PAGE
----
August 31 – Helsingør FC have returned to Danish ownership after the American consortium led by Jordan Gardner decided to relinquish control.
In a statement, Gardner explained the sale of the Danish top flight club to a local businessman: “Our investment group has accepted an offer from a local Danish businessman to buy the club, and we are pleased to complete the transaction and sell our ownership stake. It’s been an honour and privilege to be the managing partner and chairman for this club, an opportunity that only a handful of Americans have in European Football…Over a period of three seasons, we had the fourth most wins (49) of any club in any division in Danish Professional Football.”
Three and half years ago, Gardner, who was also a minority investor in Irish side Dundalk and English Championship team Swansea City, led a group of investors to the Hovedstaden region in Denmark to acquire the local club, reportedly investing DKr7.1 million (about $1.2 million) for a controlling interest of about 51% in Helsingor at the time.
Nick Swinmurn, founder of online shoe retailer Zappos, and Harry Tsao, a serial entrepreneur and investor, John Burbank, the founder of the Passport Capital hedge fund, and Michael de Anda, from investment office de Anda capital, were all part of the team. They also held minority stakes in the Golden State Warriors in the NBA.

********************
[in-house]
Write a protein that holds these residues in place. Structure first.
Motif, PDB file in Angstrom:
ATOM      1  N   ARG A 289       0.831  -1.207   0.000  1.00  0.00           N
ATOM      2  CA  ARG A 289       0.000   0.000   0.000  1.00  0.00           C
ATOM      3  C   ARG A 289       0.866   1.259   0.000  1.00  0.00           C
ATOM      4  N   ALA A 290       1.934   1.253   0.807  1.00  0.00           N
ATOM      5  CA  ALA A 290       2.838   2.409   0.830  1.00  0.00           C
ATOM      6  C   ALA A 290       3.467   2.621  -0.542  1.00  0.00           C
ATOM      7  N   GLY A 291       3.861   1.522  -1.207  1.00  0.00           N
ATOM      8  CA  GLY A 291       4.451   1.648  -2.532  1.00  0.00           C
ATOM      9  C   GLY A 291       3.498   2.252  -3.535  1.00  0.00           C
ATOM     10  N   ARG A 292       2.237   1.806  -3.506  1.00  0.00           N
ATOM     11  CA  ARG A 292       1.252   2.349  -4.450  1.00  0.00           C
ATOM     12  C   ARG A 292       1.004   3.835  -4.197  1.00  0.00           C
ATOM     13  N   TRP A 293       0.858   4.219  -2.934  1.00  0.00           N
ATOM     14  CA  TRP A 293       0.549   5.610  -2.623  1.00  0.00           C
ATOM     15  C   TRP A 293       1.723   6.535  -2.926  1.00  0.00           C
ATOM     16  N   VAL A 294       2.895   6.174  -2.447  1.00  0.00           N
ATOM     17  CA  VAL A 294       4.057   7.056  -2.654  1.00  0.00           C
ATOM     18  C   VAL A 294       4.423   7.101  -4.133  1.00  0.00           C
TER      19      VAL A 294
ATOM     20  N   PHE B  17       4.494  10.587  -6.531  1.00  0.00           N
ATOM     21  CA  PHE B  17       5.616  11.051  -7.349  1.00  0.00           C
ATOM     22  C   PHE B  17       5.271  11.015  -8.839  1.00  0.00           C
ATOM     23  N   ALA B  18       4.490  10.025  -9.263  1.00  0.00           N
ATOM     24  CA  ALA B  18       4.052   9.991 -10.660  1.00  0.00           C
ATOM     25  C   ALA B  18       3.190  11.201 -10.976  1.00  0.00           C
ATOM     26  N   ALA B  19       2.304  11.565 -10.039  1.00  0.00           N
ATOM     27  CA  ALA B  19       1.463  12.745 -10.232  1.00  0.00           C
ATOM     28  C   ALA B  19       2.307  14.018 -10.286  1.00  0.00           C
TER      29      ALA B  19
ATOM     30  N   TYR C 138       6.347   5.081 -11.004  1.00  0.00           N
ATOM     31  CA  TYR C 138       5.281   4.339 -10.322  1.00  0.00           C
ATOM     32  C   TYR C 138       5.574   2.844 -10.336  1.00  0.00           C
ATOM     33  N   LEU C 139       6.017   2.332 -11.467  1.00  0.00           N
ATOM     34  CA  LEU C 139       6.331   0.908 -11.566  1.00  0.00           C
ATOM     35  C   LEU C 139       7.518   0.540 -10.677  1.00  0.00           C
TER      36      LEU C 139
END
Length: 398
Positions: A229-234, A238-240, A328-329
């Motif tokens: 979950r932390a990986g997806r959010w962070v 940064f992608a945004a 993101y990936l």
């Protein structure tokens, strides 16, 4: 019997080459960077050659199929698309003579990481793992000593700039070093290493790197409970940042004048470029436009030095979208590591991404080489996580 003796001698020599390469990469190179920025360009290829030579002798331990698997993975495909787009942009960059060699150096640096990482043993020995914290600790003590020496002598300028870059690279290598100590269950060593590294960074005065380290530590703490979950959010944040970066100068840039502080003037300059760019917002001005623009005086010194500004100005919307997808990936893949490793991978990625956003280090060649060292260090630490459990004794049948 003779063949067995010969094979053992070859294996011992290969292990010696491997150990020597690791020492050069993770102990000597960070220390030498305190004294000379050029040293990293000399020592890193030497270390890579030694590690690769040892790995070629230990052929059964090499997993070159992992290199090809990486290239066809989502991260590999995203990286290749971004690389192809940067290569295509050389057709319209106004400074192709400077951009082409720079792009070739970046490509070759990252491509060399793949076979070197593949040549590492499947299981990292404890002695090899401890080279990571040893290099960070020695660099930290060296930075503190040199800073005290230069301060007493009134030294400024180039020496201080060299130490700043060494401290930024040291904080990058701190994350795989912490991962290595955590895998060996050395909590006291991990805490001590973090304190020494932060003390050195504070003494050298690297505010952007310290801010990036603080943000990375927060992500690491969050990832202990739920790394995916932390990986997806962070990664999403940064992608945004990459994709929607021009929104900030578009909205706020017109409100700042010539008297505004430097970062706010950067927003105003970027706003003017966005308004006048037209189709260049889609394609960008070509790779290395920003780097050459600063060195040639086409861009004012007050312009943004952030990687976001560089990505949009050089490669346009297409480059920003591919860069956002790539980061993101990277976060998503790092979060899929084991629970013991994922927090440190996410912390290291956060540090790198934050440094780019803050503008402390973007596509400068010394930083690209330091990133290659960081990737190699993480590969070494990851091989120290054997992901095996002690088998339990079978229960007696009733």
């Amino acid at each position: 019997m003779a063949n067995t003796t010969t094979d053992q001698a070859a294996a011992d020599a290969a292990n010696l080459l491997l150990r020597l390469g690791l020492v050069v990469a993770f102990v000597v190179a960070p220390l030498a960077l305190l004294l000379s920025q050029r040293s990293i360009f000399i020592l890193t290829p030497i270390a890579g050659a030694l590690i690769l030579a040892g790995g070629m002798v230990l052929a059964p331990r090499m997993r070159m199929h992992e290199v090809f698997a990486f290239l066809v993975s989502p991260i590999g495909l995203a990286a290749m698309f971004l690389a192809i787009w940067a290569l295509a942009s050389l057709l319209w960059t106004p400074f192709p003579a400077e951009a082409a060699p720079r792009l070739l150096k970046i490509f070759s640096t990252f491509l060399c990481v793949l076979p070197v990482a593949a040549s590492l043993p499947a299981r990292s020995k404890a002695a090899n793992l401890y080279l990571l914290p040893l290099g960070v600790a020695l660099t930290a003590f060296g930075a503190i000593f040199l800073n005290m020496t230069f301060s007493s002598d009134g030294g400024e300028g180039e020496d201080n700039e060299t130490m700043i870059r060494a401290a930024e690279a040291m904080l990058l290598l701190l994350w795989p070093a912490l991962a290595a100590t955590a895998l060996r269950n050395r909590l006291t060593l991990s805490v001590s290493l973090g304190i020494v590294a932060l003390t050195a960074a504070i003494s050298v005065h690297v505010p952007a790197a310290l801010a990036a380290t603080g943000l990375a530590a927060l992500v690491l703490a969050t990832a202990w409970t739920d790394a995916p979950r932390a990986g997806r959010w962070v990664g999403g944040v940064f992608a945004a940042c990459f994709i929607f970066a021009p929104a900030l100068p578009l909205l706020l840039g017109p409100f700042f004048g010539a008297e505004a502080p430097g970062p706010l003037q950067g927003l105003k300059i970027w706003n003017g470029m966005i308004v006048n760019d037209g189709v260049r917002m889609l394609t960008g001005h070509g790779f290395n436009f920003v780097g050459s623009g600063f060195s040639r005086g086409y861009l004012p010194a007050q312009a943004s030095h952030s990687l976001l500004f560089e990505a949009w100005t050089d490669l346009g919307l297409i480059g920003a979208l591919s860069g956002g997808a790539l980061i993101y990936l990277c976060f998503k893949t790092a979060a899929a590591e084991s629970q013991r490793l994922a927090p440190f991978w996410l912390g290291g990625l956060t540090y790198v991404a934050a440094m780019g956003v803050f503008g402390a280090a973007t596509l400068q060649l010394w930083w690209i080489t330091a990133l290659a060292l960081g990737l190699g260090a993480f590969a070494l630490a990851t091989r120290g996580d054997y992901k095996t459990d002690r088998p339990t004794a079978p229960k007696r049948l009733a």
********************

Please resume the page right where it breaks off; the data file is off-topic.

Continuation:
“In 2019, we took over a distressed football club and in short order turned it into one of the best and most well-run clubs of our size in Denmark,” wrote Gardner. “We won promotion to the Danish 1st Division in 2020, followed up by two straight top-four finishes, and a near miss on a second promotion in three seasons to the Danish Superliga.”
Gardner had intended the club to become a feeder team, developing American talent – Denmark’s relaxed foreign player restrictions made Helsingor attractive.
In the last few years, Danish football has seen an influx of foreign investors precisely because of the good entry prices, low player wages, established youth development and liberal mainstream culture.
Eight out of 24 clubs in the country’s two best leagues, the Super League and the Nordic Bet League, are owned by foreign investors. The Danish FA (DBU) has been considering whether an owners’ test should be introduced to protect clubs from owners who could threaten the domestic ecosystem.
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